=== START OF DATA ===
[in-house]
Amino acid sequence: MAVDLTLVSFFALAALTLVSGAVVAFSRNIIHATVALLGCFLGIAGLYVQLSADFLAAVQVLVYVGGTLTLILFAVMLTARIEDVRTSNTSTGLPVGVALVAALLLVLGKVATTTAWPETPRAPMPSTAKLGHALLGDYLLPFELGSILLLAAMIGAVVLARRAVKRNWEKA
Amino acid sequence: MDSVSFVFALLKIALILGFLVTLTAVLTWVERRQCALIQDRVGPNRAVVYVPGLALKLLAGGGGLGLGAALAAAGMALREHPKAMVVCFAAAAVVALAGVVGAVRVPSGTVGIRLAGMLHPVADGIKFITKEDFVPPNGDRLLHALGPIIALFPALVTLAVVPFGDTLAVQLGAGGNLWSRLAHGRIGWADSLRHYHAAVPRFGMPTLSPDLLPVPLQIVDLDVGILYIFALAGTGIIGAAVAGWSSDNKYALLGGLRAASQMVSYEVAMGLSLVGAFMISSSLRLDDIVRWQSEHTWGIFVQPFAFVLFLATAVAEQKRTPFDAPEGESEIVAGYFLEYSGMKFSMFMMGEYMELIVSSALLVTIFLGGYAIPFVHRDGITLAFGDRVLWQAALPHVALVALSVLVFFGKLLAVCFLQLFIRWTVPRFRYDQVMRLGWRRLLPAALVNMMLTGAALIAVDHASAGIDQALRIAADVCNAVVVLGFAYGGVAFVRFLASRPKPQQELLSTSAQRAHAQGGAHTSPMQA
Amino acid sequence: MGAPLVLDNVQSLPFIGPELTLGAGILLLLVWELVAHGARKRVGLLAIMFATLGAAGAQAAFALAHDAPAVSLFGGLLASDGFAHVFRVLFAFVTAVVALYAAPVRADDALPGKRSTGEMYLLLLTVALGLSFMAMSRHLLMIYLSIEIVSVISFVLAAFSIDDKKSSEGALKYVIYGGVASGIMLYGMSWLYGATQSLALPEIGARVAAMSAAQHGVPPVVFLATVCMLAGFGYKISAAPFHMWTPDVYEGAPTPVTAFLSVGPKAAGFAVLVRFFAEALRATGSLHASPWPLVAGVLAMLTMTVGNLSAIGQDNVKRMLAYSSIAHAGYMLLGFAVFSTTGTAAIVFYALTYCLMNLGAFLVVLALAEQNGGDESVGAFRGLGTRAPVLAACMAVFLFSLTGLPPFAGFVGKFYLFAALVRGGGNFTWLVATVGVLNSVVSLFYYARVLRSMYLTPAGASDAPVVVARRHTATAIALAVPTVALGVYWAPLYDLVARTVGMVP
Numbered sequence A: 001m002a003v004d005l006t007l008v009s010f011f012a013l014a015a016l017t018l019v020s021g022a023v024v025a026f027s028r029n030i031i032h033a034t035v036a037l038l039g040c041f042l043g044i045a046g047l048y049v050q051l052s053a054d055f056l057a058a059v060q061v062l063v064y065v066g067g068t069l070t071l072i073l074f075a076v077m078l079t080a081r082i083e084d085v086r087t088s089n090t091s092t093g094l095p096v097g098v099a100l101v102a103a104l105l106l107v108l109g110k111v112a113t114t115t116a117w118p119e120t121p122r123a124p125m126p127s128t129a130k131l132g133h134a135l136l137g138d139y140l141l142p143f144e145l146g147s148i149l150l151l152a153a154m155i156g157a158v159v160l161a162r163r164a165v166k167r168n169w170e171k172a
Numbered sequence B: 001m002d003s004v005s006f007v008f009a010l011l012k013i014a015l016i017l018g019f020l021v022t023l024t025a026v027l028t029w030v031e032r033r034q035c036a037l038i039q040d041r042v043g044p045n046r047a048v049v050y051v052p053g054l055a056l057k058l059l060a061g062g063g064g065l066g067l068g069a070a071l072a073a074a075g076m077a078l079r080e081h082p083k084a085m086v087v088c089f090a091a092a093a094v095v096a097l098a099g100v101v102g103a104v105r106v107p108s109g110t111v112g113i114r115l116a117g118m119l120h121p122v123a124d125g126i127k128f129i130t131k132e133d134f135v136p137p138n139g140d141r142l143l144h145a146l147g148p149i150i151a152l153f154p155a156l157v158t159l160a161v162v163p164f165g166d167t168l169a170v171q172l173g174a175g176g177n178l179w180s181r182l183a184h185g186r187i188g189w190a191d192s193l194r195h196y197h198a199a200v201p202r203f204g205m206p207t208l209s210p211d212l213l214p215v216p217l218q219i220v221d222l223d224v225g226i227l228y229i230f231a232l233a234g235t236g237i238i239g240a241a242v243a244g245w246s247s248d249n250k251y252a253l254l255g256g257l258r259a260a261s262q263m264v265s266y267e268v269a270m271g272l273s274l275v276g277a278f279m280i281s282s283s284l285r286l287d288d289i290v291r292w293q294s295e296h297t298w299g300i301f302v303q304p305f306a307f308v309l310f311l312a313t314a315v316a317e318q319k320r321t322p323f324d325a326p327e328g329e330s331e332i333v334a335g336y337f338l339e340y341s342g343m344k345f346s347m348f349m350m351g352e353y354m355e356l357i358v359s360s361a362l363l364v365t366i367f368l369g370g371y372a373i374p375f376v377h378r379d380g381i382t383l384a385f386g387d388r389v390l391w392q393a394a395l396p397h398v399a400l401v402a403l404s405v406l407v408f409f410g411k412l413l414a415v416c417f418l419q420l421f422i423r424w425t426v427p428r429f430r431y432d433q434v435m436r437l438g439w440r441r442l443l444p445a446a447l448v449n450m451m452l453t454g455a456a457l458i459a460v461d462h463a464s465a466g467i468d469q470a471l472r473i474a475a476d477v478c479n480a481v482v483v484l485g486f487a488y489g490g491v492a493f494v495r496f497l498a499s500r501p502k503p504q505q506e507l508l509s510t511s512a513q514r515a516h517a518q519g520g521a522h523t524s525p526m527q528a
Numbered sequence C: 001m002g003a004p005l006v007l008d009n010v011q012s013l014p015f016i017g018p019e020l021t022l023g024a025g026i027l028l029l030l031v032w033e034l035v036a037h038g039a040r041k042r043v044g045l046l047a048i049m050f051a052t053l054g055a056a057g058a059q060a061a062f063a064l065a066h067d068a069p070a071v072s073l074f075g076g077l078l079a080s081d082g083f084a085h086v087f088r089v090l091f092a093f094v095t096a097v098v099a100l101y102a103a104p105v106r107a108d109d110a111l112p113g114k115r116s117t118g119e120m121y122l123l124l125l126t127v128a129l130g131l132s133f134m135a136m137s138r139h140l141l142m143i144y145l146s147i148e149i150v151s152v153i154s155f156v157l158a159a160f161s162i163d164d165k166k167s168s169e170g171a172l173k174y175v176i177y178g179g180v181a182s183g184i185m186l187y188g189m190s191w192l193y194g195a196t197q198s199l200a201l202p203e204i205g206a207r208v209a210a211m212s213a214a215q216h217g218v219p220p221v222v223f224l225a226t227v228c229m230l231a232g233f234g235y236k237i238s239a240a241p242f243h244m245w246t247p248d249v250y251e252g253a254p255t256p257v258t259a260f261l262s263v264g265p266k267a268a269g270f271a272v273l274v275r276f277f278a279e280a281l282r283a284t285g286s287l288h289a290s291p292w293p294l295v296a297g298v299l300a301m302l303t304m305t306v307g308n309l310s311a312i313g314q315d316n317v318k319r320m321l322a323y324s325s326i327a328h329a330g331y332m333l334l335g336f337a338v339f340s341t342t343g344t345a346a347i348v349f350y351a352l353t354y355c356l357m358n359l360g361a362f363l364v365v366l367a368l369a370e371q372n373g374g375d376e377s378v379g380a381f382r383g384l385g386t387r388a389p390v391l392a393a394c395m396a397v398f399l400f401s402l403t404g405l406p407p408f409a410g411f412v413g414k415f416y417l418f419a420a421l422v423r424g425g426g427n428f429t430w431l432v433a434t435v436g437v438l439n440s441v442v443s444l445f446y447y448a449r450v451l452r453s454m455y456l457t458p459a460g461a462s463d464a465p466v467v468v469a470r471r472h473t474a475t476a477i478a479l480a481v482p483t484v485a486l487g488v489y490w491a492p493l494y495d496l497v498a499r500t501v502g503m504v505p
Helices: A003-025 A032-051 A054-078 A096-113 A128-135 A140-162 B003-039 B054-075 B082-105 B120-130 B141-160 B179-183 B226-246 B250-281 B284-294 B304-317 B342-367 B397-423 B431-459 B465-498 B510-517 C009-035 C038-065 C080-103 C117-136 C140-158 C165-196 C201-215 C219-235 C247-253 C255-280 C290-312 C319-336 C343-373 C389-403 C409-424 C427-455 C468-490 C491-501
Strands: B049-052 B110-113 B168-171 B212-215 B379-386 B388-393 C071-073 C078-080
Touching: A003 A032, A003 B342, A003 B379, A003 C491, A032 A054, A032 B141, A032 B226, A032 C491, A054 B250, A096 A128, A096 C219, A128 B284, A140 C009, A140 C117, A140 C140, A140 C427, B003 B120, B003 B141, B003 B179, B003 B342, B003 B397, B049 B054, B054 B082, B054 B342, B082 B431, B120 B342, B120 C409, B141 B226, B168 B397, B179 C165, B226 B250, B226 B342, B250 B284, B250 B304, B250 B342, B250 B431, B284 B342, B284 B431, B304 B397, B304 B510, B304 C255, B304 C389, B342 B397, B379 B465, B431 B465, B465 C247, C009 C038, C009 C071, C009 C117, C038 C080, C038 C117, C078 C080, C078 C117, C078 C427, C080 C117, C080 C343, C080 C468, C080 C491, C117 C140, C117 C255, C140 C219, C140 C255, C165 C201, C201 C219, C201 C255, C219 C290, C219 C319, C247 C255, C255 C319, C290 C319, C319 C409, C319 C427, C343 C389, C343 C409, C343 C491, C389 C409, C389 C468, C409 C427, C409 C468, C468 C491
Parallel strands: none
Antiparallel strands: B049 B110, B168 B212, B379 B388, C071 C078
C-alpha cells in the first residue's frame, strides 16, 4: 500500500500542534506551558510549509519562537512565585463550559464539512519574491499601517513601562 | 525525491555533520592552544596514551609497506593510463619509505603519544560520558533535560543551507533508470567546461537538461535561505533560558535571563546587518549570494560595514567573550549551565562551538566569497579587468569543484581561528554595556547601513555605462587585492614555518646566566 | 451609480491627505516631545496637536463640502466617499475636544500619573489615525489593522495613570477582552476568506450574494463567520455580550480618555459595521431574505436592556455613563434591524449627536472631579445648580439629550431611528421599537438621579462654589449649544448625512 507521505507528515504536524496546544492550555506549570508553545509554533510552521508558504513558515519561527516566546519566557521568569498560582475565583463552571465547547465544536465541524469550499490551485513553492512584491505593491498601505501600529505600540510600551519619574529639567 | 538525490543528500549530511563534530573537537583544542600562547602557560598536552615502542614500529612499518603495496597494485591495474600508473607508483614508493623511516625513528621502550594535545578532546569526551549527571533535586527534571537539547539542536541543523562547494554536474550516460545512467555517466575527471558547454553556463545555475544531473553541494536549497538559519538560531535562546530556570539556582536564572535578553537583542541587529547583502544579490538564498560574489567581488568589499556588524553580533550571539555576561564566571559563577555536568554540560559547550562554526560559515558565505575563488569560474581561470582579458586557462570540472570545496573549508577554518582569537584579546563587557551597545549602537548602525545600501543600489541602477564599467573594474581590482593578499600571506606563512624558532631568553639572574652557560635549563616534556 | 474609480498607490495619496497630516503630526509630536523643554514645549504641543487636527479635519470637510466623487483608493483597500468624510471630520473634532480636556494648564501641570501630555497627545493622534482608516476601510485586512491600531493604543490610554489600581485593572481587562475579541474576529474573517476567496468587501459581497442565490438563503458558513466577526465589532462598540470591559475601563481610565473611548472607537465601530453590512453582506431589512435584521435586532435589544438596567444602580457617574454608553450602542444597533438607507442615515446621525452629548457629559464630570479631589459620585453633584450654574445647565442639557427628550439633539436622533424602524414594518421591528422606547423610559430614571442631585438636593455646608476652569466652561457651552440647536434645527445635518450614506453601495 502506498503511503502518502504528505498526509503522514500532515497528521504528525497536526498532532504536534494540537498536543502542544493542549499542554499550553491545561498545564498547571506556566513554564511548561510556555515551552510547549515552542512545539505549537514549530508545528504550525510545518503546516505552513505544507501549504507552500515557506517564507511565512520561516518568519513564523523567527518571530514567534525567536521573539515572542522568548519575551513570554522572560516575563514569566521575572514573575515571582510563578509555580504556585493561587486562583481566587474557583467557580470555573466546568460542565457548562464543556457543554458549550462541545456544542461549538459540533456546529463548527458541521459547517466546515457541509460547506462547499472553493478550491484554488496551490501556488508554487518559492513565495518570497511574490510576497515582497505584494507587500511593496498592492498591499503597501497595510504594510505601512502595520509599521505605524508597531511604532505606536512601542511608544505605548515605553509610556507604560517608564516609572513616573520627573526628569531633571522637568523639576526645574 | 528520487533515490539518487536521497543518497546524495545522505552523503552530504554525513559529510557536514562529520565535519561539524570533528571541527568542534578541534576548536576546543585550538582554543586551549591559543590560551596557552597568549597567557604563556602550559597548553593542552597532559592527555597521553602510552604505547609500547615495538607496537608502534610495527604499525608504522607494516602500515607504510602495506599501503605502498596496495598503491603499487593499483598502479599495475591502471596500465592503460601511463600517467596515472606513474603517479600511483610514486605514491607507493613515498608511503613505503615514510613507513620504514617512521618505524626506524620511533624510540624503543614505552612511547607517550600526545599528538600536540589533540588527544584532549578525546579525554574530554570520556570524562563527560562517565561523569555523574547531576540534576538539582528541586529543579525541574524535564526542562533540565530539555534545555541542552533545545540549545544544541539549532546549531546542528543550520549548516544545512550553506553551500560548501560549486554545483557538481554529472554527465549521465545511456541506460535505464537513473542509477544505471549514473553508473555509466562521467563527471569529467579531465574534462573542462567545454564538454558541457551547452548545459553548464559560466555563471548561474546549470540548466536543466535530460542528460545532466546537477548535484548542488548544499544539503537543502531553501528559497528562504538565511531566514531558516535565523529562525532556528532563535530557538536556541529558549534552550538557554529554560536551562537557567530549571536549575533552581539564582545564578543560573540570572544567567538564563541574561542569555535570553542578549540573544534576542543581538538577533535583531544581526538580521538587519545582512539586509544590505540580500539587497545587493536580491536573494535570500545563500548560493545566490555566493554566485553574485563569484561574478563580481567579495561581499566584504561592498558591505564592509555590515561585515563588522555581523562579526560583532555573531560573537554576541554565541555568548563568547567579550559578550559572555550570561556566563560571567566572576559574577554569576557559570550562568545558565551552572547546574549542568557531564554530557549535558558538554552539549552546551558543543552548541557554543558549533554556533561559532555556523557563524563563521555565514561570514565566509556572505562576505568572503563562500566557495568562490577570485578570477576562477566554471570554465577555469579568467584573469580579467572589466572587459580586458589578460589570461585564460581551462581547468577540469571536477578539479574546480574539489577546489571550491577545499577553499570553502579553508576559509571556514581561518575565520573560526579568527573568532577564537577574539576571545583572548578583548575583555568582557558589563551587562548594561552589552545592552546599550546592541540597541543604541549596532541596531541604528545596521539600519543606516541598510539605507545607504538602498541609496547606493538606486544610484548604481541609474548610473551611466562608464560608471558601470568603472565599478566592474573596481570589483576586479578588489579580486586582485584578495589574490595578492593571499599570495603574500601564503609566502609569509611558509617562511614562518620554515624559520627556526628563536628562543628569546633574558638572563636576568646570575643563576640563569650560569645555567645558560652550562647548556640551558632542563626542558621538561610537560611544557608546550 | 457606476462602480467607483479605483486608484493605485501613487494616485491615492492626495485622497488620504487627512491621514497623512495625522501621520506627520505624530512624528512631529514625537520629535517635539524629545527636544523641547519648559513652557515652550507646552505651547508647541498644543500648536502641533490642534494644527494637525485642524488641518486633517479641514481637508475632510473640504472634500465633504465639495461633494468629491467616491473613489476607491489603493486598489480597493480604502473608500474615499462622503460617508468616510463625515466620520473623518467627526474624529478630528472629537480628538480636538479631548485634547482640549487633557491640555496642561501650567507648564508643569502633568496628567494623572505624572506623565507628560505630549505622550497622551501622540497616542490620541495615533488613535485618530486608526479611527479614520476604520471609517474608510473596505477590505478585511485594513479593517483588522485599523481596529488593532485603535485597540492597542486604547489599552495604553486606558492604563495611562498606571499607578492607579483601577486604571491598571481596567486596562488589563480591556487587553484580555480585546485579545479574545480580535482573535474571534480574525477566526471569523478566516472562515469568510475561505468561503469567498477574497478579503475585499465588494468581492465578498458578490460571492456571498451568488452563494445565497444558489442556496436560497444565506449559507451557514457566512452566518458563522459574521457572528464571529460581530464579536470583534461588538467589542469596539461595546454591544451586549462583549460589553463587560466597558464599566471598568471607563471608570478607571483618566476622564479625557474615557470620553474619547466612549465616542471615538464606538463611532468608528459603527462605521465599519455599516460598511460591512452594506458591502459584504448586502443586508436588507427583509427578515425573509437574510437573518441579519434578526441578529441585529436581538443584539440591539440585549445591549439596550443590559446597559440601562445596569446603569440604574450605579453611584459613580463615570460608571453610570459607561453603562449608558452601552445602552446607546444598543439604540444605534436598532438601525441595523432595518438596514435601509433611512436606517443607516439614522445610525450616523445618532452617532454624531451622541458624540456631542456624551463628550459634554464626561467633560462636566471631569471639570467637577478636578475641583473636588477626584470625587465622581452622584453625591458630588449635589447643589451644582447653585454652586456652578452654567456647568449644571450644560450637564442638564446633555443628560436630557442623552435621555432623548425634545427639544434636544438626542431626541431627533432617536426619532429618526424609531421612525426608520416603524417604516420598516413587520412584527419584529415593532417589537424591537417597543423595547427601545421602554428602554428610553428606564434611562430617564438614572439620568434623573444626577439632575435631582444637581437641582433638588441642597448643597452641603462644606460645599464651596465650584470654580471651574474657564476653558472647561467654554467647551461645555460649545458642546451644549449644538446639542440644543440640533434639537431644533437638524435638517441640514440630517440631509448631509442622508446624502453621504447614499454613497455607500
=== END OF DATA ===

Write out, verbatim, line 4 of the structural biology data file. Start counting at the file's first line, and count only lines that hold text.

Amino acid sequence: MGAPLVLDNVQSLPFIGPELTLGAGILLLLVWELVAHGARKRVGLLAIMFATLGAAGAQAAFALAHDAPAVSLFGGLLASDGFAHVFRVLFAFVTAVVALYAAPVRADDALPGKRSTGEMYLLLLTVALGLSFMAMSRHLLMIYLSIEIVSVISFVLAAFSIDDKKSSEGALKYVIYGGVASGIMLYGMSWLYGATQSLALPEIGARVAAMSAAQHGVPPVVFLATVCMLAGFGYKISAAPFHMWTPDVYEGAPTPVTAFLSVGPKAAGFAVLVRFFAEALRATGSLHASPWPLVAGVLAMLTMTVGNLSAIGQDNVKRMLAYSSIAHAGYMLLGFAVFSTTGTAAIVFYALTYCLMNLGAFLVVLALAEQNGGDESVGAFRGLGTRAPVLAACMAVFLFSLTGLPPFAGFVGKFYLFAALVRGGGNFTWLVATVGVLNSVVSLFYYARVLRSMYLTPAGASDAPVVVARRHTATAIALAVPTVALGVYWAPLYDLVARTVGMVP